# Homework Help: Integral of f times cosine, as period of cosine goes to zero.

1. Apr 16, 2010

### Hoblitz

1. The problem statement, all variables and given/known data
The problem is as follows:

Let f be a real valued function that is Riemann integrable on [a,b]. Show that

$$\lim_{\lambda \rightarrow \infty} \int_{a}^{b} f(x)\cos(\lambda x)dx = 0$$.

2. Relevant equations
I am freely able to use the fact that the product of Riemann integrable functions is Riemann integrable, and that the integral of cosine is sine (+ constant).

3. The attempt at a solution
The first thing I tried was just to let f be the indicator function on the interval [a,b]. In that case, it wasn't so bad because then I could find $\lambda > 0$ so large that (for given epsilon > 0) $\frac{1}{\lambda} < \frac{1}{2}\epsilon$.

Then for that lambda I can find a unique integer k such that
$$\frac{2\pi k}{\lambda} \leq (b-a) < \frac{2\pi (k + 1)}{\lambda}$$.

Then
$$|\int_{a}^{b} \cos(\lambda x)dx| = |\int_{a}^{a + \frac{2 \pi k}{\lambda}} \cos(\lambda x) \,dx + \int_{a + \frac{2\pi k}{\lambda} }^{b} \cos(\lambda x)\,dx| = |\frac{\sin(b)}{\lambda} - \frac{\sin(a)}{\lambda}|$$

Finally,
$$|\frac{\sin(b)}{\lambda} - \frac{\sin(a)}{\lambda}| \leq \frac{2}{\lambda} < \epsilon.$$

From there on it is clear that for $\lambda^{'} > \lambda > 0$, we are still less than epsilon. (Find a new unique integer as above, and run through the integrals again).

I've been trying to think of a way to apply this fact to the case with general $f$. What I've tried to do is trap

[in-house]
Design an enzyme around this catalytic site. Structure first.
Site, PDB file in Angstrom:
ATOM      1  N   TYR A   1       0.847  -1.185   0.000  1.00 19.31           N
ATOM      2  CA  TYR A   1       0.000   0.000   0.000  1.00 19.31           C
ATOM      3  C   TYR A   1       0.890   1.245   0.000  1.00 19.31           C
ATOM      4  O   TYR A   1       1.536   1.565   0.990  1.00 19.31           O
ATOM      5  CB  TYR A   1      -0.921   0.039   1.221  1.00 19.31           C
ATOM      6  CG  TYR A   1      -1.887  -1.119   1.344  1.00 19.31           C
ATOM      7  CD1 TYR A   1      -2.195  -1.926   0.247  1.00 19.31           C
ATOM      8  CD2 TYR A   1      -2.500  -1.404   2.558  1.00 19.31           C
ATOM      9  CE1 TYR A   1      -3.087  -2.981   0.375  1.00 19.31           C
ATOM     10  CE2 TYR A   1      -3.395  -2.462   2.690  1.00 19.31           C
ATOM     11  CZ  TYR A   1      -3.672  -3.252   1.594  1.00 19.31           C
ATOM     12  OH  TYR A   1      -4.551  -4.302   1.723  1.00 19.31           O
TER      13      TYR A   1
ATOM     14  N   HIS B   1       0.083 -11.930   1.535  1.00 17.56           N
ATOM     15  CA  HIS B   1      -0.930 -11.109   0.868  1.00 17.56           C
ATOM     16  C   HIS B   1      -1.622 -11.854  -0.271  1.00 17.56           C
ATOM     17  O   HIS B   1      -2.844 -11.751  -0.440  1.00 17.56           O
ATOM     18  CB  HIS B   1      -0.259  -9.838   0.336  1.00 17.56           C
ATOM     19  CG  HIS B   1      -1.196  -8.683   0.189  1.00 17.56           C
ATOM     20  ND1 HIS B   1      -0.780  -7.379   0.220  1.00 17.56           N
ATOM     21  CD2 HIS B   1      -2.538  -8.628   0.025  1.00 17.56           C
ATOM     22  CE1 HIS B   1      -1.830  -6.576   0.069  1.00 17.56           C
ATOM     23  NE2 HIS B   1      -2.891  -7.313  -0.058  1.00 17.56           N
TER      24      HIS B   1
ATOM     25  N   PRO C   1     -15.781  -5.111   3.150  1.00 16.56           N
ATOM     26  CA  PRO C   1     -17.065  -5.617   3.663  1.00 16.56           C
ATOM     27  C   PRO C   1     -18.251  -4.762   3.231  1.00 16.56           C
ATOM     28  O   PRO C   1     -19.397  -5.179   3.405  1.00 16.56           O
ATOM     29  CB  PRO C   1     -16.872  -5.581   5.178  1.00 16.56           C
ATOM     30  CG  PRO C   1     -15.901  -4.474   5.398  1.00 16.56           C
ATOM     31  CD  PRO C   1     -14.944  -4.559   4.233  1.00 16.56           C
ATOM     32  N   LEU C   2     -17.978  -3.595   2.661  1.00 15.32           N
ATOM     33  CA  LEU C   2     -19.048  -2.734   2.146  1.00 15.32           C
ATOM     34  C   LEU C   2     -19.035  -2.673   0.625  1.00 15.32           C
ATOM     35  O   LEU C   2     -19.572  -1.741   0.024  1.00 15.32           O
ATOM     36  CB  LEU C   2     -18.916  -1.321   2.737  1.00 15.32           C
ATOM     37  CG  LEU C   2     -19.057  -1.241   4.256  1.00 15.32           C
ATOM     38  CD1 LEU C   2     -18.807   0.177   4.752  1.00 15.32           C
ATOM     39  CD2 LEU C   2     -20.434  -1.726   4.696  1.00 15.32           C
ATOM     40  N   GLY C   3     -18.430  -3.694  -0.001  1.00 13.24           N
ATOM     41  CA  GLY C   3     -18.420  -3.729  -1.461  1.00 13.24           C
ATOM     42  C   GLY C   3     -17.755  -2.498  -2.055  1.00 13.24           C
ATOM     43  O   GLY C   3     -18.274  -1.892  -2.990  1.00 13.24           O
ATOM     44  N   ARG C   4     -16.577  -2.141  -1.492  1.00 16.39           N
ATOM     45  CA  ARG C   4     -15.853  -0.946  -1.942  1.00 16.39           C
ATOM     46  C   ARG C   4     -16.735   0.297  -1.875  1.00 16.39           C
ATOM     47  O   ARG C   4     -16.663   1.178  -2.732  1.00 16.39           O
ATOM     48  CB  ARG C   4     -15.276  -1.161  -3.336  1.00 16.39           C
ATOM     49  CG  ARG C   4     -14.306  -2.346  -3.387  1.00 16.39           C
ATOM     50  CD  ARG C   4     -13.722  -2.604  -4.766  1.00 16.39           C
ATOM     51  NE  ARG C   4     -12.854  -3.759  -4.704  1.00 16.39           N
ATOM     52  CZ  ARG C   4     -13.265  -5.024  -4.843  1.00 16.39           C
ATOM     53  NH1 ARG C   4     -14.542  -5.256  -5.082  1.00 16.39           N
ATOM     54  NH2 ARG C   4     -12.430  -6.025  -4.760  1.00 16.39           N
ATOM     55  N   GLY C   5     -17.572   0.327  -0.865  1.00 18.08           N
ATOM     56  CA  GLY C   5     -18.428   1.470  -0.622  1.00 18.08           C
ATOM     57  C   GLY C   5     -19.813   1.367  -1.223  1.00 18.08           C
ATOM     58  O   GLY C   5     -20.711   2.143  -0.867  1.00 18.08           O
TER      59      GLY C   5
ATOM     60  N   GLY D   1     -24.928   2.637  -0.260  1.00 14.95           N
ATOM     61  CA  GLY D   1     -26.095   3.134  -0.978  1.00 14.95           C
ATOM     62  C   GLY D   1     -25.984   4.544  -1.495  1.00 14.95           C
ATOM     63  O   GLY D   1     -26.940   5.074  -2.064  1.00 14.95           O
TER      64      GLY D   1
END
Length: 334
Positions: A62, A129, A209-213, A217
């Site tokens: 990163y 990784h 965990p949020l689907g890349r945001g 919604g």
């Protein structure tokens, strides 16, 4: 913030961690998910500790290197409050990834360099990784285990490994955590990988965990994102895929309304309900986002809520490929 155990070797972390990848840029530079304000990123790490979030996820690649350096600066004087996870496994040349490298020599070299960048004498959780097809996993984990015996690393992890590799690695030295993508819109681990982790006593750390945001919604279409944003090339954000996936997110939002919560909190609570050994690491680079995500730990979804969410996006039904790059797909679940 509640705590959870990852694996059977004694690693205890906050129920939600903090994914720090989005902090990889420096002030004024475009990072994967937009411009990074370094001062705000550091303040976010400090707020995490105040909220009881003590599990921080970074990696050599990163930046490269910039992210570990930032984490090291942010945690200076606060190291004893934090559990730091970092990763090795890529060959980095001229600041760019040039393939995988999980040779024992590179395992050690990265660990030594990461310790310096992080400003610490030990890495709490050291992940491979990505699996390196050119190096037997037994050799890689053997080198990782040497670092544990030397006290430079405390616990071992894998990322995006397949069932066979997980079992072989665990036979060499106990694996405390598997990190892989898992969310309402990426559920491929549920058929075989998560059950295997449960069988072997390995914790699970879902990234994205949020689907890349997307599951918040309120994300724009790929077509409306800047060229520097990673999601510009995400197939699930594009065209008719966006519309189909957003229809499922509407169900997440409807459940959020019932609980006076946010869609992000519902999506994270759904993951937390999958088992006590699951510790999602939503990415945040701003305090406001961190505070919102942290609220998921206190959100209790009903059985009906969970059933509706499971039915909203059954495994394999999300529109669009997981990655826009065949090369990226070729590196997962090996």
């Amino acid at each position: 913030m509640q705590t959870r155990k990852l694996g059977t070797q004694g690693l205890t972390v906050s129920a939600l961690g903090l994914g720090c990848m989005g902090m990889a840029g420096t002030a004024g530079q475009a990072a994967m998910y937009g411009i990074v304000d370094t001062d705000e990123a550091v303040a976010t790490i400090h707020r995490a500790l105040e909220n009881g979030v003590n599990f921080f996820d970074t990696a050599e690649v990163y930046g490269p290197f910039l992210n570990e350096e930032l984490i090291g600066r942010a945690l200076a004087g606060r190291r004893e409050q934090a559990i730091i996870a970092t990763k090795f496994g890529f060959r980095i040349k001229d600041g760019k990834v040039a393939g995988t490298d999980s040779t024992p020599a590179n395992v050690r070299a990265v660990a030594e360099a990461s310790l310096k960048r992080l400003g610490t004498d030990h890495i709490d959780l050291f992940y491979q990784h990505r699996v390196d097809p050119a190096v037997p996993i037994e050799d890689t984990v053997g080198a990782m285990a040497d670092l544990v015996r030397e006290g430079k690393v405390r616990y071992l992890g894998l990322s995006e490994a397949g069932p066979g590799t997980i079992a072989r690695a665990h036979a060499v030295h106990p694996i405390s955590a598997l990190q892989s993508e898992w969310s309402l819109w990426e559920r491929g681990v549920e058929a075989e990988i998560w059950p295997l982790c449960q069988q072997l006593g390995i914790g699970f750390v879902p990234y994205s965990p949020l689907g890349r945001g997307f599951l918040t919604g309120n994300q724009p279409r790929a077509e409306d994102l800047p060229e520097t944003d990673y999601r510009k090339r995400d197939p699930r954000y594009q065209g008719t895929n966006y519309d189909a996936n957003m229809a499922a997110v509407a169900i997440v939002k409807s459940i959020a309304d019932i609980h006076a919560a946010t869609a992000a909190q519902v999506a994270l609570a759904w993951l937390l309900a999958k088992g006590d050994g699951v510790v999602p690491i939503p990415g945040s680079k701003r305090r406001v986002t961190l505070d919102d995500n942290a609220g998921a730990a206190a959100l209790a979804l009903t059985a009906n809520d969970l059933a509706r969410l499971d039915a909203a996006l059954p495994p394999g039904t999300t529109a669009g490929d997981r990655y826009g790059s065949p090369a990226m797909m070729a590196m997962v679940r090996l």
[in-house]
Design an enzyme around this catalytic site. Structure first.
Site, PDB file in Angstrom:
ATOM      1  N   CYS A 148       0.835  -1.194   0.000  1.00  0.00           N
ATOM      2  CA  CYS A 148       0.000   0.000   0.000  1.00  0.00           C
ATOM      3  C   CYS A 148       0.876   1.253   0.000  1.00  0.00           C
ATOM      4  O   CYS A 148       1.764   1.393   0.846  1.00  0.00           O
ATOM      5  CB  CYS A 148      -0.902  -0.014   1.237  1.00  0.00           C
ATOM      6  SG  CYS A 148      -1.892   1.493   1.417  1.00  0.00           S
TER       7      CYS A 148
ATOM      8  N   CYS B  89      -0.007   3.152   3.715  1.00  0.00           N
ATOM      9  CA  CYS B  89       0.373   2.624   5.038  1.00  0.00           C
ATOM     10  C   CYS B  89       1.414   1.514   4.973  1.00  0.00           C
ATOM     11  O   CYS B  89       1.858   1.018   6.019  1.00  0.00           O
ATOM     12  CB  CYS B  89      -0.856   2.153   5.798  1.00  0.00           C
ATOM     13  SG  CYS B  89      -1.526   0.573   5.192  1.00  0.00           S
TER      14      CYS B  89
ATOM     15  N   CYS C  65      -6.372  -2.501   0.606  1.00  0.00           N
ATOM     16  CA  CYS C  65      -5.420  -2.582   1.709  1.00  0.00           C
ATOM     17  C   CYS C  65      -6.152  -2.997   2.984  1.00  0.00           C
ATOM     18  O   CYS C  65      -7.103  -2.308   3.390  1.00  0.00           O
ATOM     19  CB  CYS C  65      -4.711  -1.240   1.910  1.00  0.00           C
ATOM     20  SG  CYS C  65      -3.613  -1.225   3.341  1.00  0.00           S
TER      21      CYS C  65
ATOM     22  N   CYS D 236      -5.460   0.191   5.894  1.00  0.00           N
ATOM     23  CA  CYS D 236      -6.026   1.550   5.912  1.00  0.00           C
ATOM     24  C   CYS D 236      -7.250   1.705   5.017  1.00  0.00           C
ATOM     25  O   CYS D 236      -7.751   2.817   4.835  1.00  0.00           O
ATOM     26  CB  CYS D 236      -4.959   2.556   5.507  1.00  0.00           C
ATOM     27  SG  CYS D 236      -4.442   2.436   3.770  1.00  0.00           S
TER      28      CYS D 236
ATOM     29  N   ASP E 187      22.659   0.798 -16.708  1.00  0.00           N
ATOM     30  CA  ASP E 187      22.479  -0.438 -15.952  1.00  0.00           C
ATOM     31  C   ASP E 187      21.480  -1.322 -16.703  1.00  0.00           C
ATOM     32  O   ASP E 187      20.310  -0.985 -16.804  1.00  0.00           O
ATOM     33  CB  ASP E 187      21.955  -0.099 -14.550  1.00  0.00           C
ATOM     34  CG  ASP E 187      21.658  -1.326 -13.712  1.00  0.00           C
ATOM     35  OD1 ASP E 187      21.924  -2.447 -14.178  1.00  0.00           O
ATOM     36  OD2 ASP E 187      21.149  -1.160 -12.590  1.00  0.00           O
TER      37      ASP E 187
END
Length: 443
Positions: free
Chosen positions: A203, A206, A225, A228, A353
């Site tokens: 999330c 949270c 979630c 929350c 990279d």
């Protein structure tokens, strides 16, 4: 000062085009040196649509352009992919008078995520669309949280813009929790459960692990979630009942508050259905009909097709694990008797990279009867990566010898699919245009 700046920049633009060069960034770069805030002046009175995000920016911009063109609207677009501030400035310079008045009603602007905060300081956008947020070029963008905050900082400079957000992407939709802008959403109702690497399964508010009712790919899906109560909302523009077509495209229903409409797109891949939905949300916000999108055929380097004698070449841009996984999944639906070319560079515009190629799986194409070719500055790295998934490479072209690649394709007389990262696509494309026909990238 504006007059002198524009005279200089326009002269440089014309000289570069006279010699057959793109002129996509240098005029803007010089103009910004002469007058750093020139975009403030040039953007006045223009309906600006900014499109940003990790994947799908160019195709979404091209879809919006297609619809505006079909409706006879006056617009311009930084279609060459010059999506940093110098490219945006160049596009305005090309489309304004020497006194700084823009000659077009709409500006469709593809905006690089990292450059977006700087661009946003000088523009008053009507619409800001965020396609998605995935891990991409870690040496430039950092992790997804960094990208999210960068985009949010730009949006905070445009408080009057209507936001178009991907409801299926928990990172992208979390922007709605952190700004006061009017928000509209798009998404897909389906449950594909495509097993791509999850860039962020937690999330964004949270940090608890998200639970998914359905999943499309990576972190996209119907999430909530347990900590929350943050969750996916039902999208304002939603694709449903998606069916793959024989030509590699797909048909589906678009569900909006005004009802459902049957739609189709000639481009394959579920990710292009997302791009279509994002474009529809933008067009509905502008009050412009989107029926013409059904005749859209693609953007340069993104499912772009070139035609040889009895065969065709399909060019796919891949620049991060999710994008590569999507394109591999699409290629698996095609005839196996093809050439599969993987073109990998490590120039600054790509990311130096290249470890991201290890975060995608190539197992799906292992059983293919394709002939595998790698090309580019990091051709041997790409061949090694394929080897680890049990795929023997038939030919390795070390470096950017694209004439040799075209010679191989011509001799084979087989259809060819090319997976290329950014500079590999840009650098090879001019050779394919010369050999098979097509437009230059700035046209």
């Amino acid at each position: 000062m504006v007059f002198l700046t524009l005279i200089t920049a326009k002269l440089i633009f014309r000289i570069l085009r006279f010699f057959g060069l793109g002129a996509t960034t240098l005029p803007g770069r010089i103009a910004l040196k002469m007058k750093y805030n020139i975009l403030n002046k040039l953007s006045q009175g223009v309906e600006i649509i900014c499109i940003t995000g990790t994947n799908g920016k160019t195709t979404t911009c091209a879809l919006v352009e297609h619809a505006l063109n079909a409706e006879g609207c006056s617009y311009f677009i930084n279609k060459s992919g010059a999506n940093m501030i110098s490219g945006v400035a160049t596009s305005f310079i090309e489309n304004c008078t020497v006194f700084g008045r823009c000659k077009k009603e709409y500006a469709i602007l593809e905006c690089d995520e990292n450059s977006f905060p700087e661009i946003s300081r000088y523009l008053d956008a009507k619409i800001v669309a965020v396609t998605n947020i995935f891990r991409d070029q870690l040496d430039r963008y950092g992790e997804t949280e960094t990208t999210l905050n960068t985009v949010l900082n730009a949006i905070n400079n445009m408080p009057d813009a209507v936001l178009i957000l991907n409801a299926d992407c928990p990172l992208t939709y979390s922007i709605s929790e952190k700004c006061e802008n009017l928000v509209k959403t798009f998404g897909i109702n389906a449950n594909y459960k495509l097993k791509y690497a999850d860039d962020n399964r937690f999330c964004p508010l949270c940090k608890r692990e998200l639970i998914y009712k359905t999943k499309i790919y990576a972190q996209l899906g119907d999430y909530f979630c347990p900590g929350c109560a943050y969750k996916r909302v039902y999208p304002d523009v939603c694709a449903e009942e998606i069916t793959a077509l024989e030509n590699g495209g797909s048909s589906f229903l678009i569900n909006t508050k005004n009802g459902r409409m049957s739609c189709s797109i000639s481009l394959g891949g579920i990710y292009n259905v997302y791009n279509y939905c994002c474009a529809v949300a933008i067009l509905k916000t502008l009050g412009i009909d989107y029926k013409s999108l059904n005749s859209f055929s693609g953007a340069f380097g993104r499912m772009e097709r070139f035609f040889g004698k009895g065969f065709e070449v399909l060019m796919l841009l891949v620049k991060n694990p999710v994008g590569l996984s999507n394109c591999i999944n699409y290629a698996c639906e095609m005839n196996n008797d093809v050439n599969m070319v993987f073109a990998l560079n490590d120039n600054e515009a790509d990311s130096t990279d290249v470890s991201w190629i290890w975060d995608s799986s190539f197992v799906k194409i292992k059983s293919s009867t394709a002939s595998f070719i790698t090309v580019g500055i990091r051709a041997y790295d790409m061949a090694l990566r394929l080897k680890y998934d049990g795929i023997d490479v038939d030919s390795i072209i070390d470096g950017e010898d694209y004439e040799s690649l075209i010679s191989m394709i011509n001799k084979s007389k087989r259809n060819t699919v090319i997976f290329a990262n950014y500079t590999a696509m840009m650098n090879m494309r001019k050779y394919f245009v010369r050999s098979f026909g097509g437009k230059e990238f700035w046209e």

$$\int_{a}^{b} f(x)\cos(\lambda x)dx$$
between plus/minus some constant times $\int_{a}^{b} \cos(\lambda x)dx$, where the constant might be something like the max of the absolute values of the supremum and infemum of f over the interval [a,b], but I cant get it work out (problems arise with negatives multiplying to become positive, etc...). Any hints or comments would be very helpful, thank you!

2. Apr 16, 2010

### Office_Shredder

Staff Emeritus
I think a bigger concern should be why f(x) is bounded on that interval (it doesn't have to be)

3. Apr 16, 2010

### Hoblitz

Indeed I can think a few unbounded functions f which are integrable on an interval [a,b], so I can see why my idea would certainly fail. I'll try looking at this from a new perspective and see what I get. What I understand to be happening is that the rapidly quickening oscillations of cosine are going to force f to "cancel itself out" in the integral, eventually bringing that sucker close to zero...

Thanks, I'll give this more thought.